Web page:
Another advatange, which is always true in my case, is that I’m never delivering anything larger than 1920×1080 or in some cases 2048×1080 for theatrical release. I mention this because as you’ll see in the video, when the resolution is lowered the image is effectively zoomed in. This may be something you are looking for in your shot if perhaps you don’t have long enough glass to get the composition you are looking for but the same thing can be achieved with more flexibility in post production assuming your delivery format is smaller than the resolution you are shooting as it is often the case for me. In this example, let’s say you shoot in 5K and deliver in 1080. You will have a ton of room to recompose the shot.

I have to make clear though, generally speaking, recomposing a shot in post should be used to fix a problem like a boom in the shot or for stabilization of a shaky take. I say generally because who am I to tell you how to create your art. All I’m getting at is that it shouldn’t be used as a way of being lazy by not changing lenses because you can “push in, in post”.

I know many people reading this will have loads of opinions and arguments on why you should shoot a smaller resolution and I will mention a few very valid reasons that I use myself sometimes.

One big one is post production workflow. Even as awesome as computer systems are these days, a higher resolution will definitely put a squeeze on your workflow. Even if the 5K footage plays back smoothly on your system, once you perform normal post production tasks like adding effects and color correction, your system will start to bog down, making it very difficult to stay in a creative flow. Yes there are work arounds like viewing at lower resolutions will editing and even digressing into an offline edit workflow. These are just fine if you have the time for offline/online and are ok with rendering out things like effects to get realtime playback.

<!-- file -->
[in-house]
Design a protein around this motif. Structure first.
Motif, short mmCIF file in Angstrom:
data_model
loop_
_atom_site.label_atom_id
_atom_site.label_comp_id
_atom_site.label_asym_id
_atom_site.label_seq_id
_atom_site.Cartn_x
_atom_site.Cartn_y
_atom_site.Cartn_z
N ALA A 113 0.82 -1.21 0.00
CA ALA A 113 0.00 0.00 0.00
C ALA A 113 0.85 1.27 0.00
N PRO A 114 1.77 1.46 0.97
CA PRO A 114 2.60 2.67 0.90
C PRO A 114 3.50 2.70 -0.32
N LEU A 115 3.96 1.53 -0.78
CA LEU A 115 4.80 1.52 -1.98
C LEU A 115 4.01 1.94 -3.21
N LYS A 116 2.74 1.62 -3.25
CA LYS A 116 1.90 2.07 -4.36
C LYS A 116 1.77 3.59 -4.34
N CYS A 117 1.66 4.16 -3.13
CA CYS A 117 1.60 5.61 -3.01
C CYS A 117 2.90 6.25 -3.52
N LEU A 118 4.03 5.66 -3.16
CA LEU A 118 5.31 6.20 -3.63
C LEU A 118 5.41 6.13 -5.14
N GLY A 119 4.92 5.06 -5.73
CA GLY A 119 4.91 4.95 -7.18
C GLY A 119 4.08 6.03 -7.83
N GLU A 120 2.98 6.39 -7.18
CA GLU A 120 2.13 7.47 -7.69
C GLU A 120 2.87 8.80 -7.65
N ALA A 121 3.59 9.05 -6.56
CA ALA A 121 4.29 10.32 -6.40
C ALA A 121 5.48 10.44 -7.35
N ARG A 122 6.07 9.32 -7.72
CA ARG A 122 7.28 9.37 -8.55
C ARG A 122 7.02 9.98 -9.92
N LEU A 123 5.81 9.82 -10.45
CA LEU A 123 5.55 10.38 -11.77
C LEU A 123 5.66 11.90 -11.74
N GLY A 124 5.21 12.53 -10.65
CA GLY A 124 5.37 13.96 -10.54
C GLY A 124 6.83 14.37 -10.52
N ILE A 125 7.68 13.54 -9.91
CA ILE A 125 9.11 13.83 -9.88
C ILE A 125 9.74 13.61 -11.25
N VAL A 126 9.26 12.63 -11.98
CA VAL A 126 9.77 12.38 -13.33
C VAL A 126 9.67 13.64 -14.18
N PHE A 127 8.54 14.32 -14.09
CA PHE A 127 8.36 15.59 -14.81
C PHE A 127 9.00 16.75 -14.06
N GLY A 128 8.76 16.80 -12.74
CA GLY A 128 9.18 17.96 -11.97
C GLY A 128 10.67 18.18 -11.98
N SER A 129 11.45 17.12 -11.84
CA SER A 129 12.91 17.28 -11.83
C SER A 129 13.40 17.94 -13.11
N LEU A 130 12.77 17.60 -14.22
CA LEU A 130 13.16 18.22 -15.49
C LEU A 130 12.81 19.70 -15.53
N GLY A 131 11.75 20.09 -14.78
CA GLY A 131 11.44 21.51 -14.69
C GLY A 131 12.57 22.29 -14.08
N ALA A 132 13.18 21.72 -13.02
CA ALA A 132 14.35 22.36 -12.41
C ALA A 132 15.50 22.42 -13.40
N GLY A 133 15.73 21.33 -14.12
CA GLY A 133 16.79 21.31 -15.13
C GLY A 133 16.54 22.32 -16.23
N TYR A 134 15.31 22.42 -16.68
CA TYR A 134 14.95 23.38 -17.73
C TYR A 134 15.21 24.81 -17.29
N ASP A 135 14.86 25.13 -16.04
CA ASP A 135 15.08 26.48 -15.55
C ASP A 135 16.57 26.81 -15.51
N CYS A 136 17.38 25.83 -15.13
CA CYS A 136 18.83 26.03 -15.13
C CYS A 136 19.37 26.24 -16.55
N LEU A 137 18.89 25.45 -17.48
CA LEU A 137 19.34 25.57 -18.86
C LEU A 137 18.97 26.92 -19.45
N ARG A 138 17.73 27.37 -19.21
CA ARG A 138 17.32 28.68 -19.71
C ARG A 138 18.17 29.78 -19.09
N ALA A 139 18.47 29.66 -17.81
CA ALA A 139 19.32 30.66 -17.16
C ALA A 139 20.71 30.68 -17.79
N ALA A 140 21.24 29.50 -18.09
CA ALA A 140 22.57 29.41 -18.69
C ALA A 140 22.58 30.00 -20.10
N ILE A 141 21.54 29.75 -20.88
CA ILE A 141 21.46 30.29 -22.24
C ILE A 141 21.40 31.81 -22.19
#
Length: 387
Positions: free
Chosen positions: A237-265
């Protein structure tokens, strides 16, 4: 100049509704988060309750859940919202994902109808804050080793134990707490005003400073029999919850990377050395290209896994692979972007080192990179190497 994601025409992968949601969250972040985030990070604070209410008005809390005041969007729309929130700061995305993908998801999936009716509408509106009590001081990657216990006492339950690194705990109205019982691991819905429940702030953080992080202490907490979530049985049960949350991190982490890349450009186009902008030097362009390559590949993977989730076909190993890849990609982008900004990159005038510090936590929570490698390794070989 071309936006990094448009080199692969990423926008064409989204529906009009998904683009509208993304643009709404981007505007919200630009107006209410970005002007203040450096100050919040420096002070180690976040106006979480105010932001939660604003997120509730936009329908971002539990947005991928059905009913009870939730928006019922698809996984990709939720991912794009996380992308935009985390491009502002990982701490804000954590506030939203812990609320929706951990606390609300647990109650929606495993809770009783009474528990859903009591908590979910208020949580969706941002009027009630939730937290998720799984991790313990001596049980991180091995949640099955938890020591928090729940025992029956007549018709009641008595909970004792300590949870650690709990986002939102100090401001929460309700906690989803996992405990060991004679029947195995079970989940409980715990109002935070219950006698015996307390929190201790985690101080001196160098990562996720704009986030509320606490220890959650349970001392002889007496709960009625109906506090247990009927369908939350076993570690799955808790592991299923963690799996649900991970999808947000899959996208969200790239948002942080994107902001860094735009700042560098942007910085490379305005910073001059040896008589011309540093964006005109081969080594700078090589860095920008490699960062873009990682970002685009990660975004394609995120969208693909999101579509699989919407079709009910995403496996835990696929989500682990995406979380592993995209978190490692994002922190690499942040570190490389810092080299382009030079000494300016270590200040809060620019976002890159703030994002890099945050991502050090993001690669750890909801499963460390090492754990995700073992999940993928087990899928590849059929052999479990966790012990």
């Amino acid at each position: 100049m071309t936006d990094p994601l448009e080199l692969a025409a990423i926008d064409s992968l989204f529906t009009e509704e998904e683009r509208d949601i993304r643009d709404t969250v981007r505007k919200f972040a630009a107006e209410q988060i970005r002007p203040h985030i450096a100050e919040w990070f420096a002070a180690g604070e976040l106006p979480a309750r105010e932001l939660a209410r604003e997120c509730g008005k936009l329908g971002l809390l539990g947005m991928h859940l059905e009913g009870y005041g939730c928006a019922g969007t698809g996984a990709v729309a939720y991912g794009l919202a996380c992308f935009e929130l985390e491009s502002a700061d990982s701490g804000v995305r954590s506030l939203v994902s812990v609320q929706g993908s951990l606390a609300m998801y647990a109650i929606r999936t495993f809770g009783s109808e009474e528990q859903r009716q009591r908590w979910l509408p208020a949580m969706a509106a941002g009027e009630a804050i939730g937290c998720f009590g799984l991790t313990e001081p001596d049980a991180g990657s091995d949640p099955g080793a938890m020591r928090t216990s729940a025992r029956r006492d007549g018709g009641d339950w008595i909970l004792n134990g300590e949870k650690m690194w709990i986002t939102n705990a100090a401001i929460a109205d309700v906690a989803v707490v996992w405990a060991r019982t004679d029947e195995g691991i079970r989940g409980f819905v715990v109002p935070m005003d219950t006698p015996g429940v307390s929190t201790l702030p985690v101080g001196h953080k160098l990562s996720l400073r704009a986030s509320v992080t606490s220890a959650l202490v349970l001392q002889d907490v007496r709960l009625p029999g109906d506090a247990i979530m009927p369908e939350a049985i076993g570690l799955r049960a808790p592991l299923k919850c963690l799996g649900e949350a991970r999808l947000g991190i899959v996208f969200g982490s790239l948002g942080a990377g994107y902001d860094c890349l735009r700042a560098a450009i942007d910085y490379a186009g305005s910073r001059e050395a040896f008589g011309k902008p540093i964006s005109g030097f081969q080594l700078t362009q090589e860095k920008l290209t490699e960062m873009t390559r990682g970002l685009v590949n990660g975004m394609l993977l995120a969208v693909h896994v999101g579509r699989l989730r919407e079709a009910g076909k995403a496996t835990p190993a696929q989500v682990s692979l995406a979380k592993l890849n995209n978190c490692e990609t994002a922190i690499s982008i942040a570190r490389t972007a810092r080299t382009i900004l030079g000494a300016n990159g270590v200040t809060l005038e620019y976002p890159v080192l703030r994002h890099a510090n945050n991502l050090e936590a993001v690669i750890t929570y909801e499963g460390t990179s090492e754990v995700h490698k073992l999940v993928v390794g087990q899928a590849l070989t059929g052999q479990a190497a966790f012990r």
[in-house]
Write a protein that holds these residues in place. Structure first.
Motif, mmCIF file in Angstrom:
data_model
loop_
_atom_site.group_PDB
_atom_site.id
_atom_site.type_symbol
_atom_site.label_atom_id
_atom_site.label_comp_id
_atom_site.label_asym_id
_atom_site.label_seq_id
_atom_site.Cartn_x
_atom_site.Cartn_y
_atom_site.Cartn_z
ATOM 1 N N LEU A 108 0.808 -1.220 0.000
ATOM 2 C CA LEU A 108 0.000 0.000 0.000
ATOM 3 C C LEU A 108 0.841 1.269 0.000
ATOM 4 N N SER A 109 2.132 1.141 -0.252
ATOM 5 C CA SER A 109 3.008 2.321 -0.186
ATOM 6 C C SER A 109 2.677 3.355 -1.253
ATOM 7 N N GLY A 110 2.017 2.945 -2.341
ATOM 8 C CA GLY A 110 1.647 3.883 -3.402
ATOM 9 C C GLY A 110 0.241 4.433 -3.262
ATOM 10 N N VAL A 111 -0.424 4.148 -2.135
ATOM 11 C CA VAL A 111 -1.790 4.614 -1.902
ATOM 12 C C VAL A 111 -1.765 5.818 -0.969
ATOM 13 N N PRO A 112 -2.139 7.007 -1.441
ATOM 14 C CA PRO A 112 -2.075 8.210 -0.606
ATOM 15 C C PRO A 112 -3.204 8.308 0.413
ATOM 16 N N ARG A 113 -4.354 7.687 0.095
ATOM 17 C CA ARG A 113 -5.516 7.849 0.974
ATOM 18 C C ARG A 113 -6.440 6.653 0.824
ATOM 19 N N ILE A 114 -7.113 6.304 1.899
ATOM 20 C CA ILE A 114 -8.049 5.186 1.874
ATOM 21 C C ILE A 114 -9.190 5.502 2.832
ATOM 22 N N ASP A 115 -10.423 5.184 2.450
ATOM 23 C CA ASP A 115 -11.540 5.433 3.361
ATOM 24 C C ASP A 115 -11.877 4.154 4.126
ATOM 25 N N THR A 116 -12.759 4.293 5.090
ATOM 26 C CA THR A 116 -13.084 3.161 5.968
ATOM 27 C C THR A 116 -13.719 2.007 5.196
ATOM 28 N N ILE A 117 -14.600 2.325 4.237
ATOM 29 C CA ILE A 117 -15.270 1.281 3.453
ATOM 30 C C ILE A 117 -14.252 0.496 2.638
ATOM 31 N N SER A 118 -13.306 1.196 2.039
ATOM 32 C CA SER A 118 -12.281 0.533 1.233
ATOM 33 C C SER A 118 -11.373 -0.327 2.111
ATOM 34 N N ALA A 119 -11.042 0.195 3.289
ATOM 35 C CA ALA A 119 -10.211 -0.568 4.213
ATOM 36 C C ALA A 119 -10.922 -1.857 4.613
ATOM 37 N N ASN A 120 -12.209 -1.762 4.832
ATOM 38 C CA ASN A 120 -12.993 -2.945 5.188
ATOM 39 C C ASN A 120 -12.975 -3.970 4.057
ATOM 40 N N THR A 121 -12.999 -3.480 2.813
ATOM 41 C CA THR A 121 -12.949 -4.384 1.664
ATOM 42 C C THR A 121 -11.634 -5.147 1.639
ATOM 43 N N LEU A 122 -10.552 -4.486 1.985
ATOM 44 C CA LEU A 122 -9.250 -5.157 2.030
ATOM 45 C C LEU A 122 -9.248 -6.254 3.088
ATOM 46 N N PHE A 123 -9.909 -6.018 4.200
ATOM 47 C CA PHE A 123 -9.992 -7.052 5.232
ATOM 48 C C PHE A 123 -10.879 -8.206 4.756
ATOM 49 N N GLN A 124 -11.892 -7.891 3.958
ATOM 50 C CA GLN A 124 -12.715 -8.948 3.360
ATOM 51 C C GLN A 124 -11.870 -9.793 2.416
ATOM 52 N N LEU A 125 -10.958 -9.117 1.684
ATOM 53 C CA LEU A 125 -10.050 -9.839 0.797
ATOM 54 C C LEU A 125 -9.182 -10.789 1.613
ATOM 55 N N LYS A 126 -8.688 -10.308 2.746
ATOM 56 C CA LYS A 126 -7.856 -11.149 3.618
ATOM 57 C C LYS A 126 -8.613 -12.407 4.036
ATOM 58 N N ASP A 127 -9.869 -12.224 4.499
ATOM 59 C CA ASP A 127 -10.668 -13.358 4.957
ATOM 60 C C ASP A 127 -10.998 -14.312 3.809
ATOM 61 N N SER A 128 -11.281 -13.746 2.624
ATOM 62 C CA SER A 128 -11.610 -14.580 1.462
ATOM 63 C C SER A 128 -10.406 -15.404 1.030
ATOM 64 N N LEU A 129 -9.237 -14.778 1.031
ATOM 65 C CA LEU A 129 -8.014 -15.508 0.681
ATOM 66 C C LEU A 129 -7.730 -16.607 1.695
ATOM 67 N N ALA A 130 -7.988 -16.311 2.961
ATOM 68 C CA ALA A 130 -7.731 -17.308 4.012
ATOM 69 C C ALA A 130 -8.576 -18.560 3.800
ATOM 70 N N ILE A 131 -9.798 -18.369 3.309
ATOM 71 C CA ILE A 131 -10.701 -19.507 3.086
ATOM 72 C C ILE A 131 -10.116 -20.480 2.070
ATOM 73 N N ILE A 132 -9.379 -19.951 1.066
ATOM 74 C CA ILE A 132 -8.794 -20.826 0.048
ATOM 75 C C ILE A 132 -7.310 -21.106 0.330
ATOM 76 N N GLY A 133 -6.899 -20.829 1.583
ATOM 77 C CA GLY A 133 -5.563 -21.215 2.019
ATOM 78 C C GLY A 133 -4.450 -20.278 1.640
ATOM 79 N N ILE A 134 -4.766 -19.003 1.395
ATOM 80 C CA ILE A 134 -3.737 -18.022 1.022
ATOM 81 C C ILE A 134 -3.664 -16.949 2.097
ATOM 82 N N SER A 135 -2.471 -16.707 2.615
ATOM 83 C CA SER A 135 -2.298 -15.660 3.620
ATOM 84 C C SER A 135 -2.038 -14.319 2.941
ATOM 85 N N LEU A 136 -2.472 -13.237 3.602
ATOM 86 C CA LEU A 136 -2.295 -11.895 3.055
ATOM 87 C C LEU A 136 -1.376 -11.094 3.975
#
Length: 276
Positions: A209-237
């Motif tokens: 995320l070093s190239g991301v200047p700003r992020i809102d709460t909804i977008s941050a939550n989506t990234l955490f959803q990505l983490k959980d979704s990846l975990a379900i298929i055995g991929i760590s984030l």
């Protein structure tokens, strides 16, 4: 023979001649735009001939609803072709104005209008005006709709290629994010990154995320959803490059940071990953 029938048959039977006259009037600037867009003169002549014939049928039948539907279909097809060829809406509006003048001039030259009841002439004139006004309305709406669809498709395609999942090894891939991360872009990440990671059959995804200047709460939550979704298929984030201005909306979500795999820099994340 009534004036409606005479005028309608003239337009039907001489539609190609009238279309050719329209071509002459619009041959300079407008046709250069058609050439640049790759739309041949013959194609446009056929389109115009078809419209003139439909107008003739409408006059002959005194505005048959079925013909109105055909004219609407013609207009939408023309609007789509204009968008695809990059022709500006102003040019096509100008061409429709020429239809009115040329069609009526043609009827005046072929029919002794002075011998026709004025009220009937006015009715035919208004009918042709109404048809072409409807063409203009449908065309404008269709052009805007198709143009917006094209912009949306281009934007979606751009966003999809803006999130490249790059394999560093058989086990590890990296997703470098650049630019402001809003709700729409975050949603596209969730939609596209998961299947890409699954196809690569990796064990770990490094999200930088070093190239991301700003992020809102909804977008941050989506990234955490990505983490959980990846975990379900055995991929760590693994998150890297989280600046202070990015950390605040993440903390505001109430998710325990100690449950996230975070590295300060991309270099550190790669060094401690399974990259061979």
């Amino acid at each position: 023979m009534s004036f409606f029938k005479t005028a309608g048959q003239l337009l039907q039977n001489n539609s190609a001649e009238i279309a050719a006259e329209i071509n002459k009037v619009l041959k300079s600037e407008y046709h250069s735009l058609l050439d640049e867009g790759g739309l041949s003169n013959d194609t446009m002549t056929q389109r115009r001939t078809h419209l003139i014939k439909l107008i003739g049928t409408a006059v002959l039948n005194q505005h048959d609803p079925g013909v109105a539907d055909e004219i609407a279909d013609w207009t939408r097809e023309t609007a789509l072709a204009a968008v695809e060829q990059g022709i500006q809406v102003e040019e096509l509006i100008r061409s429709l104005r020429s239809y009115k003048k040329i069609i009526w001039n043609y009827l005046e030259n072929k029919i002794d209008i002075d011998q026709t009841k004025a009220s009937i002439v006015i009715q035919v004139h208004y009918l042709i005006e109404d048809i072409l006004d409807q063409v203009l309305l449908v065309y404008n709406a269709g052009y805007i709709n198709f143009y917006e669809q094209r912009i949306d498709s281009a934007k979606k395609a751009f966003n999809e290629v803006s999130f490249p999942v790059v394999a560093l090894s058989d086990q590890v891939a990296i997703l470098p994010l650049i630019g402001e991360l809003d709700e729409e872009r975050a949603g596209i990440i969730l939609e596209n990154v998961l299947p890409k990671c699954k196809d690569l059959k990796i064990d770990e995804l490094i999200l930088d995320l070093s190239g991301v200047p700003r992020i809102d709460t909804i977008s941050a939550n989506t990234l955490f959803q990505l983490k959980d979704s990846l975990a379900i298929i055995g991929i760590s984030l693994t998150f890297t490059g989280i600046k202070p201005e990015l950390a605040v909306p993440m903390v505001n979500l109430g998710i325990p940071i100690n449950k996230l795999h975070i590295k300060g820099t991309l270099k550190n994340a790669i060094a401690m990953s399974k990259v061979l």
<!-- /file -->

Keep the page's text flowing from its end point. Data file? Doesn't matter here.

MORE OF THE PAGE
Another reason to shoot lower resolution is to have more recording time on the media card. Definitely a valid reason in many cases.

Yet another reason, is if you have to hand off the footage to someone else for post or if the turn around time for the edit is really quick. Both of these things could even turn into a consideration to send the signal out to an external recorder and capture a 1920×1080 ProRes file. I actually think I would ideally keep my RED set to the highest resolution, keeping my lenses and field of view normal, and send a feed to a ProRes Recorder for 1080 capture. You will not only save time in the edit, you will also save time transferring footage to a drive to do a hand off. Again, this is something I consider for really quick turn projects.

A final reason to record at a reduced resolution is to unlock faster frame rates in the camera. This used to be the main reason a DP would downsize in resolution but as of the latest RED releases (Dragon etc) the frame rates are pretty damn high even at say 5k. As of this writing, RED Dragon can do 96 fps at 5K and 120fps if you go widescreen. For most applications thats pretty good!

Ok, I have totally gone off topic as I knew I would. I hope you found this useful. The RED website also gives you a handy tool to see how crop factor will affect your shot. It’s found here: RED Tools

Christopher MeurerComment